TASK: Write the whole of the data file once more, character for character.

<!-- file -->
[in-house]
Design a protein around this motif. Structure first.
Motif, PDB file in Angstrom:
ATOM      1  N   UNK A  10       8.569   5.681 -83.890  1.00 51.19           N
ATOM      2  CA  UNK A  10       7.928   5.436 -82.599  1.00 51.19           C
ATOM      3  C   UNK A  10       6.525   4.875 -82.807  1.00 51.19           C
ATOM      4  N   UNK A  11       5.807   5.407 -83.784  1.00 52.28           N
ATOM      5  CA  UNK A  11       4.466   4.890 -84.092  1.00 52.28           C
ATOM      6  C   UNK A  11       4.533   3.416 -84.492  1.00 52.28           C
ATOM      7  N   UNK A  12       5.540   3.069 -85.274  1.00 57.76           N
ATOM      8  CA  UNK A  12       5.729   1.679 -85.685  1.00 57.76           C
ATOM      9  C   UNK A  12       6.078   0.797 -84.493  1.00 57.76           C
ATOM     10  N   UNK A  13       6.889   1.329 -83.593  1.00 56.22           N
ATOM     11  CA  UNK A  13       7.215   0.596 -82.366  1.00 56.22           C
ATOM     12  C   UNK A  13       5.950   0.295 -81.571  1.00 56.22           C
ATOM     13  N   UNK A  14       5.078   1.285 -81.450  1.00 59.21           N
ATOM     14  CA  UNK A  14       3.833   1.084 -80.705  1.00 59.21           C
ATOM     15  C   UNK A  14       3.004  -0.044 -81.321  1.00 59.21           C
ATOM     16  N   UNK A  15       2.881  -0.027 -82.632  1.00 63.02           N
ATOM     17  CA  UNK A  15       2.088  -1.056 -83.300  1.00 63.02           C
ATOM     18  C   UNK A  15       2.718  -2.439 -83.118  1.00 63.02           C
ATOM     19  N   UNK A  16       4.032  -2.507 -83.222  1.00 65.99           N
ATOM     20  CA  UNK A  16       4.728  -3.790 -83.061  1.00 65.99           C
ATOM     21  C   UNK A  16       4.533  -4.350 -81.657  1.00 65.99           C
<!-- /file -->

[in-house]
Design a protein around this motif. Structure first.
Motif, PDB file in Angstrom:
ATOM      1  N   UNK A  10       8.569   5.681 -83.890  1.00 51.19           N
ATOM      2  CA  UNK A  10       7.928   5.436 -82.599  1.00 51.19           C
ATOM      3  C   UNK A  10       6.525   4.875 -82.807  1.00 51.19           C
ATOM      4  N   UNK A  11       5.807   5.407 -83.784  1.00 52.28           N
ATOM      5  CA  UNK A  11       4.466   4.890 -84.092  1.00 52.28           C
ATOM      6  C   UNK A  11       4.533   3.416 -84.492  1.00 52.28           C
ATOM      7  N   UNK A  12       5.540   3.069 -85.274  1.00 57.76           N
ATOM      8  CA  UNK A  12       5.729   1.679 -85.685  1.00 57.76           C
ATOM      9  C   UNK A  12       6.078   0.797 -84.493  1.00 57.76           C
ATOM     10  N   UNK A  13       6.889   1.329 -83.593  1.00 56.22           N
ATOM     11  CA  UNK A  13       7.215   0.596 -82.366  1.00 56.22           C
ATOM     12  C   UNK A  13       5.950   0.295 -81.571  1.00 56.22           C
ATOM     13  N   UNK A  14       5.078   1.285 -81.450  1.00 59.21           N
ATOM     14  CA  UNK A  14       3.833   1.084 -80.705  1.00 59.21           C
ATOM     15  C   UNK A  14       3.004  -0.044 -81.321  1.00 59.21           C
ATOM     16  N   UNK A  15       2.881  -0.027 -82.632  1.00 63.02           N
ATOM     17  CA  UNK A  15       2.088  -1.056 -83.300  1.00 63.02           C
ATOM     18  C   UNK A  15       2.718  -2.439 -83.118  1.00 63.02           C
ATOM     19  N   UNK A  16       4.032  -2.507 -83.222  1.00 65.99           N
ATOM     20  CA  UNK A  16       4.728  -3.790 -83.061  1.00 65.99           C
ATOM     21  C   UNK A  16       4.533  -4.350 -81.657  1.00 65.99           C